Our market research is showing some movement in the last year, but also the last few months, in ideas about collateralization levels in securities lending. This article looks at some of our initial findings.
Here is what we’ve got so far:
1) In Europe, the growth of equities as non-cash collateral has pushed a reevaluation of the risk that taking equities entails. Beneficial owners, working with agent lenders and market data vendors, have found that the correlation risk of taking equities as collateral in a typical stock borrow loan transaction are fairly reasonable. Not perfect, but reasonable for the risk that lenders are taking on. The flip side of this conversation is that beneficial owners are asking for, and getting in multiple observed cases, 110% collateral when taking equities as collateral. Beneficial owners report better fees for loans against equities than for government bonds or cash.
2) In the US, equities remain a rare collateral class for securities lending – we know of just one big beneficial owner that will happily take equities. On the other hand, we see plenty of treasuries, agencies and 15c3-3 eligible collateral (this includes credit card debt, student loans and the like). We see a very limited amount of corporate bonds. The collateralization levels have not moved however – equities get lent at 102% and treasuries go lower in a customary trade. We haven’t seen US beneficial owners get excited about raising collateralization rates based on the types of collateral they receive. The real movement here is in fees, and there are some parallels between the rates paid by borrowers for alternative collateral against securities lending trades and the rates that repo dealers pay to cash borrowers for these collateral types.
3) In an indemnified trade, why should beneficial owners be concerned about margin levels? In the case of counterparty default, an agent lender will liquidate collateral first and then be obligated to make up the difference out of their own pocket. As we are still in the world of indemnification, this means that concerns about collateralization moves over to the agent lender and doesn’t reside at the beneficial owners’ office.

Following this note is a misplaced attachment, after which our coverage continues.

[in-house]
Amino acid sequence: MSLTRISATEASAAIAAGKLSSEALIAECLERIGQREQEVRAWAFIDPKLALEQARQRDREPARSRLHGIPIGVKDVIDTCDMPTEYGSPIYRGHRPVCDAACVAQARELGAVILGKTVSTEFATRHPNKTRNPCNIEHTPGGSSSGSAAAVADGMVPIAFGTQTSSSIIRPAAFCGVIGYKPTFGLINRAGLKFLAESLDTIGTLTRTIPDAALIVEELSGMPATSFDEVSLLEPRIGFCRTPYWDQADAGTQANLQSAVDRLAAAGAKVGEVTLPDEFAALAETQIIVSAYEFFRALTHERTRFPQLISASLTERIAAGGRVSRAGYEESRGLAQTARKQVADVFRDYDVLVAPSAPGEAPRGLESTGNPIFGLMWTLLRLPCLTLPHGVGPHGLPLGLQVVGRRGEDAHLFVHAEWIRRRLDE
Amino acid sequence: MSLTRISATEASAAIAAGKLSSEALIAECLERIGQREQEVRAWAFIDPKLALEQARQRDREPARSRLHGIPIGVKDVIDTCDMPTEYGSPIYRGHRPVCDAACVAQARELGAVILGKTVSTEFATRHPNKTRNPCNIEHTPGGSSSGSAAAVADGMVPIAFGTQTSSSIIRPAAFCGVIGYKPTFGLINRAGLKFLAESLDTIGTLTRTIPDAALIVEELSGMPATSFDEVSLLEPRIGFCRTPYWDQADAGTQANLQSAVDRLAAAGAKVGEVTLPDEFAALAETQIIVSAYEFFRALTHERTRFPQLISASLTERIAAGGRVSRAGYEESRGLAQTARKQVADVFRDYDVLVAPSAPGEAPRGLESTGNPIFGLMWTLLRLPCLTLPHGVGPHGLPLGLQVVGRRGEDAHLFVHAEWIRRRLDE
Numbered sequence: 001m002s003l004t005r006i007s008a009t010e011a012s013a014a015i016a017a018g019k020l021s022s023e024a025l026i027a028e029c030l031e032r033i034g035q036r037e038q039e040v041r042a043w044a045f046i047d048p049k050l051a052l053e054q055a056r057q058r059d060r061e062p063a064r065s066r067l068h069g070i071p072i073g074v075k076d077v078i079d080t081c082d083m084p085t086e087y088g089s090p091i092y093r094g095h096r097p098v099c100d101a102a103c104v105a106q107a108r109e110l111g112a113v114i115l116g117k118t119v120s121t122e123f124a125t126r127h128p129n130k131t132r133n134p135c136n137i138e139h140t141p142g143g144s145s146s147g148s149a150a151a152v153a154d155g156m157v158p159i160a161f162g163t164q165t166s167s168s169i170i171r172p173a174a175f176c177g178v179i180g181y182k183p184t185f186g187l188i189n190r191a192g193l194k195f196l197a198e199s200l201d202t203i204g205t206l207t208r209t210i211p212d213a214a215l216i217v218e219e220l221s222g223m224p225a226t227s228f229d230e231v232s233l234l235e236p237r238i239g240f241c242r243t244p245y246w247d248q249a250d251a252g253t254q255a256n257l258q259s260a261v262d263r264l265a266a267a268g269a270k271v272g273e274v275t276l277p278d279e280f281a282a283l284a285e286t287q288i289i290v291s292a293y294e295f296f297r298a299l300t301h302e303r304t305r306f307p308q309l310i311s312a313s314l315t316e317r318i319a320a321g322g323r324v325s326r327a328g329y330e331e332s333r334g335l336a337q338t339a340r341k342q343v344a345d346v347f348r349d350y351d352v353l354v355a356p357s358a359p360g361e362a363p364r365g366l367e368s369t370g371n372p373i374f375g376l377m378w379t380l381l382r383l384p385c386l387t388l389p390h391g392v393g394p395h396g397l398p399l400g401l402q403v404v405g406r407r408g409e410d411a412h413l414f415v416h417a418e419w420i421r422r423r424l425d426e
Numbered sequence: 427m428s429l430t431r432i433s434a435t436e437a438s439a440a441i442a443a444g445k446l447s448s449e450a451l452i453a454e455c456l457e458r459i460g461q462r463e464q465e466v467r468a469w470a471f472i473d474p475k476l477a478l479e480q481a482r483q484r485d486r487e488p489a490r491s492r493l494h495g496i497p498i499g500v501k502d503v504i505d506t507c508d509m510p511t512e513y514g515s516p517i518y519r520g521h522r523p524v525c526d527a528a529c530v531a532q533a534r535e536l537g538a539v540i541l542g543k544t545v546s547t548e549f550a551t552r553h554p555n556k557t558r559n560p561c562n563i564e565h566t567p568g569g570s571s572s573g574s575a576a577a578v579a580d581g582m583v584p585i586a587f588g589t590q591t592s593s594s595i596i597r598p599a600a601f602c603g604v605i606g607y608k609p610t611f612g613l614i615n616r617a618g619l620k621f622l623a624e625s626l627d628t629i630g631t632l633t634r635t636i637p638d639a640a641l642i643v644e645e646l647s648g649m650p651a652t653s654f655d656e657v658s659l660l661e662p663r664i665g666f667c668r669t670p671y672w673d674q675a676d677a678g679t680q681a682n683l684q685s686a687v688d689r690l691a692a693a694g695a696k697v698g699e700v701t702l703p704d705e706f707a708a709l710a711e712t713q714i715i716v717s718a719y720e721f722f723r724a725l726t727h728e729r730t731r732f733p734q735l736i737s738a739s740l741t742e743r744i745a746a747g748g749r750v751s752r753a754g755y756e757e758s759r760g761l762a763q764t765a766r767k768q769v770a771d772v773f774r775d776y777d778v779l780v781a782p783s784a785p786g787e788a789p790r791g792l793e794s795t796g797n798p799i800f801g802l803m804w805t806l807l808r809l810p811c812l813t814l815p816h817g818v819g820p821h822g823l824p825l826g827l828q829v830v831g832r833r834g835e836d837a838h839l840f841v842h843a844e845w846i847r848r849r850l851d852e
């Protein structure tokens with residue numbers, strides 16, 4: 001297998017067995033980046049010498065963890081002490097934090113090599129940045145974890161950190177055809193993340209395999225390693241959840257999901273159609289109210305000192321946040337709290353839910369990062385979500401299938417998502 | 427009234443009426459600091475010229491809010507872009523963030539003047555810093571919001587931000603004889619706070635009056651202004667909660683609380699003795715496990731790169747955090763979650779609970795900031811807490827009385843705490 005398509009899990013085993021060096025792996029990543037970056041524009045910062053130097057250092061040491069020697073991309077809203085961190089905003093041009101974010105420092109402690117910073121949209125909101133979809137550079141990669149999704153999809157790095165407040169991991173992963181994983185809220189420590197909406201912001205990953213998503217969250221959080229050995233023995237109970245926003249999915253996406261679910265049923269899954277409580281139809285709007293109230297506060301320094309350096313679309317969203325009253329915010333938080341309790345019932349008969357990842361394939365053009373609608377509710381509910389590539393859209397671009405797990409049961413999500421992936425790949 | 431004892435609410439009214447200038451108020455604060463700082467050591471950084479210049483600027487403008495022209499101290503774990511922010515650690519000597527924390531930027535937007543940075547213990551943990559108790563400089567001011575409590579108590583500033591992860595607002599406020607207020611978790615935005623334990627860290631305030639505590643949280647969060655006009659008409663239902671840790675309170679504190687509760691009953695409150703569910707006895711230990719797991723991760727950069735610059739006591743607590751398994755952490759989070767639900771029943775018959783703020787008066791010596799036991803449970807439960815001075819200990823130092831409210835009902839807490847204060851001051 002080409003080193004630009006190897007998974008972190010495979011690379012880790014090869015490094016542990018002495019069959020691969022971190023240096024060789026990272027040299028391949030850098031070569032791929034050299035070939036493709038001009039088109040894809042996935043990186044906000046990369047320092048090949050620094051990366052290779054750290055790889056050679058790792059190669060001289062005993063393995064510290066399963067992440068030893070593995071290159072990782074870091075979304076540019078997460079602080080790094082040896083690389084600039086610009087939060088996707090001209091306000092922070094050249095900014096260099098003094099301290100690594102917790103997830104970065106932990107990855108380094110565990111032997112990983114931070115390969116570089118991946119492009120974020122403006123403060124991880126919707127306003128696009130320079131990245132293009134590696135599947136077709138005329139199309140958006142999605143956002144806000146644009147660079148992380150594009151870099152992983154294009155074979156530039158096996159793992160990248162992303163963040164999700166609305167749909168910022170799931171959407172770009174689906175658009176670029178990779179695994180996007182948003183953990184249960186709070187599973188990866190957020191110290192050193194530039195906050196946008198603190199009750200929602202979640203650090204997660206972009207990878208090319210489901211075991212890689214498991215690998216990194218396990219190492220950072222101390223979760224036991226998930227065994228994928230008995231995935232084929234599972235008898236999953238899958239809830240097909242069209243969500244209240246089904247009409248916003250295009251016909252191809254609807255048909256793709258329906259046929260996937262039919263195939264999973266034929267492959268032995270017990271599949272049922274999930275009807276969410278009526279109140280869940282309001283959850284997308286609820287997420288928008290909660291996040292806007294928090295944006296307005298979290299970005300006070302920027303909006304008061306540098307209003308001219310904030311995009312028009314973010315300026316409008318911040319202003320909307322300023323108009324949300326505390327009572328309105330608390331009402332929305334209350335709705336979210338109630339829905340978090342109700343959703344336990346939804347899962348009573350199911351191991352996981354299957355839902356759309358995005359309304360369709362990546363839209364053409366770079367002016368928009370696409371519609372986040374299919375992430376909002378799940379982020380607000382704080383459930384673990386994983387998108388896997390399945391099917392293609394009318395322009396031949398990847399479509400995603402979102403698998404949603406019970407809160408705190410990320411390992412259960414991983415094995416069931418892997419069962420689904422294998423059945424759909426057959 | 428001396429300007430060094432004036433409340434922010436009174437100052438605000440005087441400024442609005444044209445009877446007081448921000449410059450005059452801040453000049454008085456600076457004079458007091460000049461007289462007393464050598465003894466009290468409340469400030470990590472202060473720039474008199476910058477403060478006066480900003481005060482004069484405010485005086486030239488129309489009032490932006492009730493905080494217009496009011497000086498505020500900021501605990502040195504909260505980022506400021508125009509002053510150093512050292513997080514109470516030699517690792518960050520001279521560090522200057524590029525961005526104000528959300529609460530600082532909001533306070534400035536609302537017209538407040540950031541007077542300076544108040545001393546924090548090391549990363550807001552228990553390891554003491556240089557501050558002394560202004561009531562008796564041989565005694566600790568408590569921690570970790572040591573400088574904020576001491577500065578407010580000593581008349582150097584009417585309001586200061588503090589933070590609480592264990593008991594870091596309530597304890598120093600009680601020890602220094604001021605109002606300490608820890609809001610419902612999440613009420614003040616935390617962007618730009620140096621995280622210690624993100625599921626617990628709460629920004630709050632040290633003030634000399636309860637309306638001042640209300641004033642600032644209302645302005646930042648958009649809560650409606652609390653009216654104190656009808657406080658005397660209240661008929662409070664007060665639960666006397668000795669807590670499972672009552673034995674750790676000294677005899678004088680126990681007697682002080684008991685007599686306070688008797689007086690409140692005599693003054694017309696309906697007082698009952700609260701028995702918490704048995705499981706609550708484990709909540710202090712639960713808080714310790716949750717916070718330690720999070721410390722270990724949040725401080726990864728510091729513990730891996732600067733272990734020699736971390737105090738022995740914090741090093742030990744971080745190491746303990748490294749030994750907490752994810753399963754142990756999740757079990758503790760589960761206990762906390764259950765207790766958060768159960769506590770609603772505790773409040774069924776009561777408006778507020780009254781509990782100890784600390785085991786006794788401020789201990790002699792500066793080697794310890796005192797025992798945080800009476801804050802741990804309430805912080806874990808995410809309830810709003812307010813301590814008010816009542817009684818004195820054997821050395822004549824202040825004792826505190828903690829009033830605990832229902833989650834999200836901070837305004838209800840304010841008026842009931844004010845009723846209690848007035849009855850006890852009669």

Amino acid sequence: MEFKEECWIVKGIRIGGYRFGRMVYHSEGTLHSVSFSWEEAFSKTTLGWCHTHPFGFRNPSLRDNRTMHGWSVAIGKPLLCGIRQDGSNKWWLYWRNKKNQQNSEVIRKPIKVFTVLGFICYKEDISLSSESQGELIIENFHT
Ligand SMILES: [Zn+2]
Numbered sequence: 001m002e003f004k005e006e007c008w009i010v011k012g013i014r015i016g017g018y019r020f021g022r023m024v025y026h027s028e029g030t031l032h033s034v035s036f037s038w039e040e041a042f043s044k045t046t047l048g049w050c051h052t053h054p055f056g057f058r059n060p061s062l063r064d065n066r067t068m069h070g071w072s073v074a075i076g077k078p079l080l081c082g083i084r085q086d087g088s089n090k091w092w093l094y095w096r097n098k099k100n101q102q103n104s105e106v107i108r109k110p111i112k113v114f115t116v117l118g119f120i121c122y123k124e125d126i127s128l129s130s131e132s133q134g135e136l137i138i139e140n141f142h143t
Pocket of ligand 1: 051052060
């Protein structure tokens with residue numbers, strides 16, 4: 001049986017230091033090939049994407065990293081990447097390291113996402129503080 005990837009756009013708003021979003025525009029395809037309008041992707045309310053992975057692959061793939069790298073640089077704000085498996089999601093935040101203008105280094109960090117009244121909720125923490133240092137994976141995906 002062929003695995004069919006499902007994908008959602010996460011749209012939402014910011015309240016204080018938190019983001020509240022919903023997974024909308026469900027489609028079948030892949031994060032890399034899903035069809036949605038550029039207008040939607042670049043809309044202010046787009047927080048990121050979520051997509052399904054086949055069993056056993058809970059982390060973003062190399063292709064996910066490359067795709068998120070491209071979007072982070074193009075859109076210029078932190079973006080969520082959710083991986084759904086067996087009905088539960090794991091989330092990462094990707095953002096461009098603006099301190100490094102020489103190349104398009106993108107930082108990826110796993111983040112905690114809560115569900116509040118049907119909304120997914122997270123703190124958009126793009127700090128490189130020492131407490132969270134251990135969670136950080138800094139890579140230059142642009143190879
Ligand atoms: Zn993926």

4) For beneficial owners not using an agent lender, we’re seeing the same patterns. We think that the reason for this is competitive pressure; given that self-lenders are much smaller than the agent lender community, any action to increase collateralization levels taken by self-lenders on their own will fail unless the biggest agent lenders move in this direction also. With the exception of rare cases like equities as collateral, we don’t see this happening.
5) We’ve done some thinking about agent lender risk models and their comfort with counterparties. In truth, if an agent lender is willing to lend to a given borrower, a difference of 1% or 2% in collateralization probably isn’t going to make much of a difference in their decision matrix. 25% might make a big difference, but we have no evidence of that happening in the agent lender world right now. So really, if agents are willing to deal with a selected counterparty, they are largely comfortable that the counterparty will return their borrowed securities.
6) Meanwhile, outside of the bilateral world, some CCPs think that the right collateralization levels for securities lending are 120% or 140%. As one example, the Taiwan Stock Exchange is reported to have this range. This suggests that for a non-agent lender transaction, made between two counterparties that meet certain minimum risk criteria but that are otherwise unknown to each other, a neutral intermediary thinks that a much higher level than 102% is required. This is an interesting conclusion and makes us wonder about the outcome of the Financial Stability Board’s phase 2 of its securities lending and repo inquiries (a link to the press release for the Quantitative Impact Study is here.)
What haircuts/margin levels are right in securities lending is a question for which many people have different answers. Sometimes the same person has more than one answer. But we think that this conversation is not laid to rest, especially due to both the upcoming FSB report and the generally increased attention that beneficial owners are paying to collateral across asset classes and financing products. We expect additional experimentation, testing and of course regulatory recommendations and rules in the next few years.